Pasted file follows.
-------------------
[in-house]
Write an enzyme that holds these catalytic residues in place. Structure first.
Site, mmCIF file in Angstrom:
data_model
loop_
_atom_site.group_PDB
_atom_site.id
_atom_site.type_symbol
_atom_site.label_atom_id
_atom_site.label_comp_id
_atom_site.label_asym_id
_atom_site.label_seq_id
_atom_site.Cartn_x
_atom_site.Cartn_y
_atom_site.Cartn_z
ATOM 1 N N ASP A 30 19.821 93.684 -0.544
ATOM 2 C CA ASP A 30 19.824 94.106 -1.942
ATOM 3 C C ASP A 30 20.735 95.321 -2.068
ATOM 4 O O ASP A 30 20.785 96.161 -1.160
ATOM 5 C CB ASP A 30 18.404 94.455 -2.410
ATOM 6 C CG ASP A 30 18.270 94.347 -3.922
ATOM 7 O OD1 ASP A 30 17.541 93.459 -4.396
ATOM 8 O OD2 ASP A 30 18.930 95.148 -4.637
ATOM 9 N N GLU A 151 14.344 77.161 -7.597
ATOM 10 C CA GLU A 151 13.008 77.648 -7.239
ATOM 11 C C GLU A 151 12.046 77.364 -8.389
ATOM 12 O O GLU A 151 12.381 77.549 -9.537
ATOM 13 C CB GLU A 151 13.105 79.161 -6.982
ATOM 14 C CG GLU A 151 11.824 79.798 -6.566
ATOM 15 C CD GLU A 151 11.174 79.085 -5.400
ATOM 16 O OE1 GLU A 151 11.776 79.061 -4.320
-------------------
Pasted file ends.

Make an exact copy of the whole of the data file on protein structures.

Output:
[in-house]
Write an enzyme that holds these catalytic residues in place. Structure first.
Site, mmCIF file in Angstrom:
data_model
loop_
_atom_site.group_PDB
_atom_site.id
_atom_site.type_symbol
_atom_site.label_atom_id
_atom_site.label_comp_id
_atom_site.label_asym_id
_atom_site.label_seq_id
_atom_site.Cartn_x
_atom_site.Cartn_y
_atom_site.Cartn_z
ATOM 1 N N ASP A 30 19.821 93.684 -0.544
ATOM 2 C CA ASP A 30 19.824 94.106 -1.942
ATOM 3 C C ASP A 30 20.735 95.321 -2.068
ATOM 4 O O ASP A 30 20.785 96.161 -1.160
ATOM 5 C CB ASP A 30 18.404 94.455 -2.410
ATOM 6 C CG ASP A 30 18.270 94.347 -3.922
ATOM 7 O OD1 ASP A 30 17.541 93.459 -4.396
ATOM 8 O OD2 ASP A 30 18.930 95.148 -4.637
ATOM 9 N N GLU A 151 14.344 77.161 -7.597
ATOM 10 C CA GLU A 151 13.008 77.648 -7.239
ATOM 11 C C GLU A 151 12.046 77.364 -8.389
ATOM 12 O O GLU A 151 12.381 77.549 -9.537
ATOM 13 C CB GLU A 151 13.105 79.161 -6.982
ATOM 14 C CG GLU A 151 11.824 79.798 -6.566
ATOM 15 C CD GLU A 151 11.174 79.085 -5.400
ATOM 16 O OE1 GLU A 151 11.776 79.061 -4.320